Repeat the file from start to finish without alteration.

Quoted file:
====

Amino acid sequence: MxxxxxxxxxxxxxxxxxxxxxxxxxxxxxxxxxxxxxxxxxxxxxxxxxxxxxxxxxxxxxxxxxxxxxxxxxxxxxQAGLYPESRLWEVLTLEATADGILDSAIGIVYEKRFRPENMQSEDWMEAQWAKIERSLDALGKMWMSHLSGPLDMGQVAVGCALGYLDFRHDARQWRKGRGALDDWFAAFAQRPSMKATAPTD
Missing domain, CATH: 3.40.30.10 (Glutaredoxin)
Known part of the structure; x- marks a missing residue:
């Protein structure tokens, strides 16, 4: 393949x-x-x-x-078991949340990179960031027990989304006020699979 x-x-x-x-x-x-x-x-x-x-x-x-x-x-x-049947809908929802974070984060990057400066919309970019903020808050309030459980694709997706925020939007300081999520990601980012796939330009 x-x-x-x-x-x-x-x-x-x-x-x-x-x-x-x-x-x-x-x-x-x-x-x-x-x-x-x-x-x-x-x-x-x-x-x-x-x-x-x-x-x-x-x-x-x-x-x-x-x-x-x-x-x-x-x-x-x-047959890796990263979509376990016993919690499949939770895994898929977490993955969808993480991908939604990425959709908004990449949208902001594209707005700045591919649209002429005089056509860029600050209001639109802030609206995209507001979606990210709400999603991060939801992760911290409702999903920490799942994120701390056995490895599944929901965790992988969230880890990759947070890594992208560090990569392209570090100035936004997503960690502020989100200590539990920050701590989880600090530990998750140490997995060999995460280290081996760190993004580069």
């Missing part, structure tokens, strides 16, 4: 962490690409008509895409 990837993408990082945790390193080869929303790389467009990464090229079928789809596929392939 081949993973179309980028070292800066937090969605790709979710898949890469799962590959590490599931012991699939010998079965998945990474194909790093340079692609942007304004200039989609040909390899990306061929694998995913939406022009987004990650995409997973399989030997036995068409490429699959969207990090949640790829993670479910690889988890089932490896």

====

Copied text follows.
Amino acid sequence: MxxxxxxxxxxxxxxxxxxxxxxxxxxxxxxxxxxxxxxxxxxxxxxxxxxxxxxxxxxxxxxxxxxxxxxxxxxxxxQAGLYPESRLWEVLTLEATADGILDSAIGIVYEKRFRPENMQSEDWMEAQWAKIERSLDALGKMWMSHLSGPLDMGQVAVGCALGYLDFRHDARQWRKGRGALDDWFAAFAQRPSMKATAPTD
Missing domain, CATH: 3.40.30.10 (Glutaredoxin)
Known part of the structure; x- marks a missing residue:
């Protein structure tokens, strides 16, 4: 393949x-x-x-x-078991949340990179960031027990989304006020699979 x-x-x-x-x-x-x-x-x-x-x-x-x-x-x-049947809908929802974070984060990057400066919309970019903020808050309030459980694709997706925020939007300081999520990601980012796939330009 x-x-x-x-x-x-x-x-x-x-x-x-x-x-x-x-x-x-x-x-x-x-x-x-x-x-x-x-x-x-x-x-x-x-x-x-x-x-x-x-x-x-x-x-x-x-x-x-x-x-x-x-x-x-x-x-x-x-047959890796990263979509376990016993919690499949939770895994898929977490993955969808993480991908939604990425959709908004990449949208902001594209707005700045591919649209002429005089056509860029600050209001639109802030609206995209507001979606990210709400999603991060939801992760911290409702999903920490799942994120701390056995490895599944929901965790992988969230880890990759947070890594992208560090990569392209570090100035936004997503960690502020989100200590539990920050701590989880600090530990998750140490997995060999995460280290081996760190993004580069």
């Missing part, structure tokens, strides 16, 4: 962490690409008509895409 990837993408990082945790390193080869929303790389467009990464090229079928789809596929392939 081949993973179309980028070292800066937090969605790709979710898949890469799962590959590490599931012991699939010998079965998945990474194909790093340079692609942007304004200039989609040909390899990306061929694998995913939406022009987004990650995409997973399989030997036995068409490429699959969207990090949640790829993670479910690889988890089932490896």